This year’s Regional Affiliate winner for the National Center for Women and Information Technology (NCWIT) Aspirations in Computing (AiC) Award is senior, Girls Who Code president and website manager Maxine Hsu.
“I’m glad that I’m being acknowledged for the work I’ve been doing in relation to computer science,” Hsu says. “And I think that it’s really great that there [are] all these organizations and awards and scholarship money for things that recognize women who are succeeding in tech.”
Upon the recommendation of Programming and AP Java teacher Mary Simms, Hsu applied for the award in 2019 and received an honorable mention. After attending more hackathons (a series of coding challenges) and augmenting her portfolio with a Girls Who Code summer camp, Hsu applied for the award again in 2020 and was named a Regional Affiliate winner.
Mrs. Simms does not suggest applying for this award to just any female student: Hsu stood out to Mrs. Simms because of her interest in computers and programming, as well as her leadership, willingness to help others and take risks. Knowing Hsu is interested in pursuing software development in college and beyond, Mrs. Simms thought the scholarship portion of the award would be within her grasp and beneficial as she gears up for higher education.
“She is willing to go out and explore all different aspects of computers in terms of the programming pieces,” Mrs. Simms says. “She wants to help others. If someone was struggling in AP [Java] and I asked her to help, she would help. Last year, she would teach lessons on HTML to Girls Who Code. She’s learned so many languages, her programming skills have jumped leaps and bounds, and [she] is willing to take risks.”
Venturing into the world of computer science itself can be risky as a woman given that computer science is still a largely male-dominated field, but Hsu shares that she never felt as though computer science was off limits to her. “I don’t think I ever looked at [computer science] that way because my mom is in computer science,” Hsu says. “For me, my mom is a strong woman that I know so I just thought if she can do anything, then that means I can do it as well.”
However, Hsu does feel hesitant about having to compete with males in the future. “I do think there will definitely be a large majority of people that I’ll be competing with, especially in regards to jobs,” Hsu adds. “Women’s voices might be sort of pushed to the side and disregarded because we’re a minority. Also, if I’m taking computer science courses at college, there will definitely be a lot more men than women.”
Hsu is optimistic about gender dynamics in the computer science field improving, though. “I think the [gender disparity] might improve, given how elite organizations are pushing forward in closing the gender gap,” she says.
What attracts Hsu to the broad field of computer science are the limitless possibilities one has at their disposal when they know how to code. “The thing I enjoy most about computer science is being able to create things,” Hsu says. “I remember the first time I wrote a line of code in Computer Programming 1 in my sophomore year of high school. I pressed compile and something spat out of the computer. And I thought that was really cool.”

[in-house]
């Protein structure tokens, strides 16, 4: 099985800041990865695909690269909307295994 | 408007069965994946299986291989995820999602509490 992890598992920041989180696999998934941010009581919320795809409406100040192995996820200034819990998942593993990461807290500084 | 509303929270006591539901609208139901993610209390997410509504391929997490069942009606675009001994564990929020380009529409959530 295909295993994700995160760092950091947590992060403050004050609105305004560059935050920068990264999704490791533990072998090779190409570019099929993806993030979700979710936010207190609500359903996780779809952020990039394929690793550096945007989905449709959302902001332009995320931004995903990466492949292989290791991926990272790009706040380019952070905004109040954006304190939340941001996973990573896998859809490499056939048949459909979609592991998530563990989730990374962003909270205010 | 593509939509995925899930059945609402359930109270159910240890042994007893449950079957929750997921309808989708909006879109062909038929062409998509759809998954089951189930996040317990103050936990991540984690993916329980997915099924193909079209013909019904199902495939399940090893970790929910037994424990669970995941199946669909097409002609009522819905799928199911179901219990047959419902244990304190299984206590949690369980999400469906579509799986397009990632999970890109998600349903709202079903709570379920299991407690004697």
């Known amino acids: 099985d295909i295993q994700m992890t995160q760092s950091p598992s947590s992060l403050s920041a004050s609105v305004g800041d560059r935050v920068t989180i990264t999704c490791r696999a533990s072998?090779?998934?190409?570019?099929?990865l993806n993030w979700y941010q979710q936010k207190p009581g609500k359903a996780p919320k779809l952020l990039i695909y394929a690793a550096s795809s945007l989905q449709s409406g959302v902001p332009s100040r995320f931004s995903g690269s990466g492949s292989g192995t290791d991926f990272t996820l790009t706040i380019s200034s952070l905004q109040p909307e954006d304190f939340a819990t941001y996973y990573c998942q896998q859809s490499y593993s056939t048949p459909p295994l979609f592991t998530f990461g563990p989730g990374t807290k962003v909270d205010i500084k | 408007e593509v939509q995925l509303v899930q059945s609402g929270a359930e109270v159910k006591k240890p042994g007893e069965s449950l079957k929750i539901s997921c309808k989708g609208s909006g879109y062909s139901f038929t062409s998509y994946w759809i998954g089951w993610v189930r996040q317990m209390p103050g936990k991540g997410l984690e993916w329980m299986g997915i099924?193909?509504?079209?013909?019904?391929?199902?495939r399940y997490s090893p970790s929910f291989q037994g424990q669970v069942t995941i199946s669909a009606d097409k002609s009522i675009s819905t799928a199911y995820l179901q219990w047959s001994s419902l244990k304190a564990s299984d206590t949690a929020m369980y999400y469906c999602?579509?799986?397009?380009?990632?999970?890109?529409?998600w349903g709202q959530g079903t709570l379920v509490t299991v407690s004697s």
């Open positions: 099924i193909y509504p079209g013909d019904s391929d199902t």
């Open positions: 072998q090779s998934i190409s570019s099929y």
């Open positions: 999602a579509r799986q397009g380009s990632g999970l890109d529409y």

From there, Hsu’s wonderment really took flight. “As I began building bigger and bigger projects, I was so amazed at how something as simple as basically broken English on your computer screen can create something that’s really complex. It can calculate complex mathematical equations, it can display graphics, it can do all sorts of things.” As Hsu points out, so many facets of our modern lives run on computer code.
Part of the reason Hsu wants to pursue computer science in college is to harness the power of computer code. “Code is essentially just really basic … and so that means that I can basically create anything I want so long as I’m continuing my education,” Hsu adds. “Computer programming specifically just builds off of the idea [of] broken English on a screen. Obviously, it gets more complicated than that, but even at the higher levels, that’s still the same. It’s just the syntax of the code.”
Hsu hopes to obtain at least a master’s degree in computer science and wishes to apply her knowledge to software engineering so she can develop apps in Silicon Valley or technology for the government. She also hopes to continue inspiring girls to get involved in computer science in college and beyond.
Hsu wishes more girls were open to exploring all that computer science has to offer. “Just don’t be afraid, because or just try to open your mind to things,” she advises. “When I was restarting the Girls Who Code club, I was going out and talking to people to see if they wanted to join. I remember I came across someone who was like, ‘Why is code important?’ And I was struck by how that statement sounded because I know a lot about what code does in our world and it was a girl who was asking that question. I just thought it was a shame how many people, maybe even specifically girls, aren’t exposed to these sorts of things early on. If code seems like something that only boys do, it’s not; anyone can do it, and you can do it too.”
Mrs. Simms expresses confidence in Hsu’s prospects in the far-reaching field of computer science. “Maxine is going to accomplish many great things if she just sets her mind to it—no matter … if it’s AI, gaming, coding, or taking computer programming to a different subject, she’s going to do great things with it,” Mrs. Simms adds. “She’s going to be successful in anything.”